A woman in my office works 3 x 10 hour days Mon-Wed, and works at home on the We'd. So she's only 5 hours short of our 35 hr working week. Seems to work well.

I think part of your problem is the mid week break. You're always catching up. 4 days on the straight would work better.

Can you suggest to your company that the job becomes a job share, so that it's covered for 5 days a week?

SummerSazz Tue 11-Oct-16 23:13:52

I officially work 3 days and do about 6 so no help I'm afraid! I can offer solidarity though confused

BackforGood Tue 11-Oct-16 23:14:12

You have to be clear that you are paid 80% of a salary, and therefore are obviously only able to do 8-% of the full time job. Keep putting it back at them.... "I'm very happy to do that, but which do you want me to prioritise in the hours I have available" type thing.
or
(I don't know what your salary is, as a manager, but) Suggest they use the 20% of your salary they are saving, on getting you X hours of administrative support / data support / junior or clerical (obv., whatever suits your role). It would be likely to be more than one days worth, and maybe you could hire someone for10/12/15 hours across the week to take some of the more mundane / less specialised things off your workload.

DrunkOnEther Tue 11-Oct-16 23:14:22

It sounds like whatever happens you're going to be trying to do a full-time job on part-time hours?

I quite like my hours at the moment. I work full-time - Mon-Thurs 7:30am-4:15pm, and 7:30am-12:30pm on a Fri. It means I'm home by 5pm during the week, so get a good few hours with DC in the evening when I have them, and then Fri afternoon too( their father and I are separated). Obviously it depends on whether you can do the early start though? It also means I tend to beat the traffic!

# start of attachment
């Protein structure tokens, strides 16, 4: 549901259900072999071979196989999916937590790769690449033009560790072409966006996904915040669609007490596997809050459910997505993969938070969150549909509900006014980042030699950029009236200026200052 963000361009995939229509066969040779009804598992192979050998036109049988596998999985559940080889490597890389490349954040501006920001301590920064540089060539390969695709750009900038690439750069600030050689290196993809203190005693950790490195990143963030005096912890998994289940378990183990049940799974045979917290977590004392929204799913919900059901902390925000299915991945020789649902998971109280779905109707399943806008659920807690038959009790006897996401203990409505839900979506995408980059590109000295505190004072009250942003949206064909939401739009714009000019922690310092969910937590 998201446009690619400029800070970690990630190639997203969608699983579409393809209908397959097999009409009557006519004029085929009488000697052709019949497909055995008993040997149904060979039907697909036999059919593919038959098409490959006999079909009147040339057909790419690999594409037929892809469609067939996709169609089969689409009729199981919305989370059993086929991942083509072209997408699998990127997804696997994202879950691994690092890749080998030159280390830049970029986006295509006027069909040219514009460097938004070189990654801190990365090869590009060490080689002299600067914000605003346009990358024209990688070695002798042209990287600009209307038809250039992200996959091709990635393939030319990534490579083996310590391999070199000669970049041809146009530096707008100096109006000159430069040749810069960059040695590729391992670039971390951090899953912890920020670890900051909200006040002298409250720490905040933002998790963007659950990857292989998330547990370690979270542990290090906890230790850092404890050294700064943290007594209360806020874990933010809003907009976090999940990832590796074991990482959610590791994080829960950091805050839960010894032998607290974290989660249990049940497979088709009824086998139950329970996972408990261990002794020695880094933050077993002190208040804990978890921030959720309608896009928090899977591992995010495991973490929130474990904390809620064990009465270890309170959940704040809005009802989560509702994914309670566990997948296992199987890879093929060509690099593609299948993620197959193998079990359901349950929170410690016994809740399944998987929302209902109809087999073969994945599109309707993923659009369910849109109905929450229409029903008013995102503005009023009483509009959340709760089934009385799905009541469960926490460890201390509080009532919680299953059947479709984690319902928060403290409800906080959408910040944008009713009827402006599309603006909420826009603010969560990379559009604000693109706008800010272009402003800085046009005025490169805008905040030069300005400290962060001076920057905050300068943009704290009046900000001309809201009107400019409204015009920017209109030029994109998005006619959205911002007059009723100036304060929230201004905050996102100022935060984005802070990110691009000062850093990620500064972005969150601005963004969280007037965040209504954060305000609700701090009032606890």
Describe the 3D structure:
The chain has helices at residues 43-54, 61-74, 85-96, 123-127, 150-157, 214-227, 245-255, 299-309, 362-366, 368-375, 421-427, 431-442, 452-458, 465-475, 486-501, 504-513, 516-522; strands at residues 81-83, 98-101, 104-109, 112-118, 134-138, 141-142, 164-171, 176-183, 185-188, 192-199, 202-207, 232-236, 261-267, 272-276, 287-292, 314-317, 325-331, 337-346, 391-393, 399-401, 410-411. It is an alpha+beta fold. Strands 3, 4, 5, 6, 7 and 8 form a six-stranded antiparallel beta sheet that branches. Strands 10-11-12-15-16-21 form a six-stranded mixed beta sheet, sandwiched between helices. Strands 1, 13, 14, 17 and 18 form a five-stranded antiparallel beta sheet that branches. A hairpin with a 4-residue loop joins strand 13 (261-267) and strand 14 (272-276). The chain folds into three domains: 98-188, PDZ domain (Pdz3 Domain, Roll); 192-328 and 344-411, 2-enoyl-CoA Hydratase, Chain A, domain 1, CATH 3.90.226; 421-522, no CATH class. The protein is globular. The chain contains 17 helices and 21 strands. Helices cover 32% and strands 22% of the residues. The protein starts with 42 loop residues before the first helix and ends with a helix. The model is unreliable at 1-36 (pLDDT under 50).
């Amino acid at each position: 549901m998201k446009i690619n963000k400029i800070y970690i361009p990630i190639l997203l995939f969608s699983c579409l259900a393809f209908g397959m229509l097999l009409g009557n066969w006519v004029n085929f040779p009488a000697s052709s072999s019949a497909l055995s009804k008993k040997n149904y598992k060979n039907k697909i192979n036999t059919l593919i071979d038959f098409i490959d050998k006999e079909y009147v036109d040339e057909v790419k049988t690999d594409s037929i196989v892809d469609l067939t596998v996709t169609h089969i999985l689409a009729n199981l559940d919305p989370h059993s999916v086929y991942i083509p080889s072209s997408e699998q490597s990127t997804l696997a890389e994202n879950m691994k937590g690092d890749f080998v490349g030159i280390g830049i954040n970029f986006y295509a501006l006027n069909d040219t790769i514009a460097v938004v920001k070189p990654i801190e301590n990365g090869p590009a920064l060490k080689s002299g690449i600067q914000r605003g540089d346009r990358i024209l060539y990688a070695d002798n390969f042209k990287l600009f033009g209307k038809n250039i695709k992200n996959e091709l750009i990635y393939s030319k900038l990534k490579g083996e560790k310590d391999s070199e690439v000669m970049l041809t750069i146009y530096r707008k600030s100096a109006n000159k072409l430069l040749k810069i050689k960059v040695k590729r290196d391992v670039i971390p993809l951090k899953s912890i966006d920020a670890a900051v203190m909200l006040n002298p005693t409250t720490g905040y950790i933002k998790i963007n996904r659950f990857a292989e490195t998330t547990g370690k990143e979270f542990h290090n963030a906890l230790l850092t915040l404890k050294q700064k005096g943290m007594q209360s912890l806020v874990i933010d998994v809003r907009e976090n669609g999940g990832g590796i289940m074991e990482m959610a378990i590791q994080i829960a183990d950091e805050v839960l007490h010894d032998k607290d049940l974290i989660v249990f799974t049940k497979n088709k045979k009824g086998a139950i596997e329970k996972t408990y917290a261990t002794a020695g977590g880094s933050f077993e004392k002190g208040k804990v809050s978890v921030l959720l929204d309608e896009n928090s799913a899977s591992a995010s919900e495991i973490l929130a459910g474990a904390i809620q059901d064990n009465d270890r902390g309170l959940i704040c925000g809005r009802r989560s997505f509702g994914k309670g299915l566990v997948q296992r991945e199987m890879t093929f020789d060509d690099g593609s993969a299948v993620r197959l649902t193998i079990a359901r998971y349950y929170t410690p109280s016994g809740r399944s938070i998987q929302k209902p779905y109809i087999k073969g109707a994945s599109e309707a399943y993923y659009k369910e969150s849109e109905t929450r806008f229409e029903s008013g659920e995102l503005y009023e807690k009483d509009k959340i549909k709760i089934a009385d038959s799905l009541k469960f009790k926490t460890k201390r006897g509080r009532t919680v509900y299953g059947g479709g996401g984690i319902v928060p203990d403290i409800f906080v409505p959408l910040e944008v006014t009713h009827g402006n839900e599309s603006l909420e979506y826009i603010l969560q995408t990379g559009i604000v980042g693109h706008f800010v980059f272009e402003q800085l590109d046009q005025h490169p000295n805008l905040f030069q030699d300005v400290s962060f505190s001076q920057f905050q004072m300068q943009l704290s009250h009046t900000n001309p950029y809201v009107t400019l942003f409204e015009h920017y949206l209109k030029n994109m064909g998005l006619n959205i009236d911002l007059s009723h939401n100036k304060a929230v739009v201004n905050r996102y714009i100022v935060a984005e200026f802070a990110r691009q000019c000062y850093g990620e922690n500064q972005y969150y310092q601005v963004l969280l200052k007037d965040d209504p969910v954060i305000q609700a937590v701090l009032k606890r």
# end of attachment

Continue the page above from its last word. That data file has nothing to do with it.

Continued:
I know I'm fortunate in that my company have a Variable Working Hours program, and people do a variety of different hours.

CalleighDoodle Tue 11-Oct-16 23:15:52

I hAve fridays off. theres a clear break then.

Chilver Tue 11-Oct-16 23:16:15

I agree four days straight would work better for you. I work part time and had to change my days in over the summer to cover childcare and it had a real impact on my work. Now I'm back to my normal 3 days straight and its much better again as I'm not catching up twice so to speak.

AlienTaxFiend Tue 11-Oct-16 23:17:03

I do a school hour day on Monday, then three long days and a half day on Friday. I sometimes (always) check emails on Sunday night so Monday morning isn't an onslaught... in most school holidays I do a three day week. If I have to catch up with stuff on an evening I don't mind as it balances out with the flexibility I get. And I still do the full job for a bit less pay!!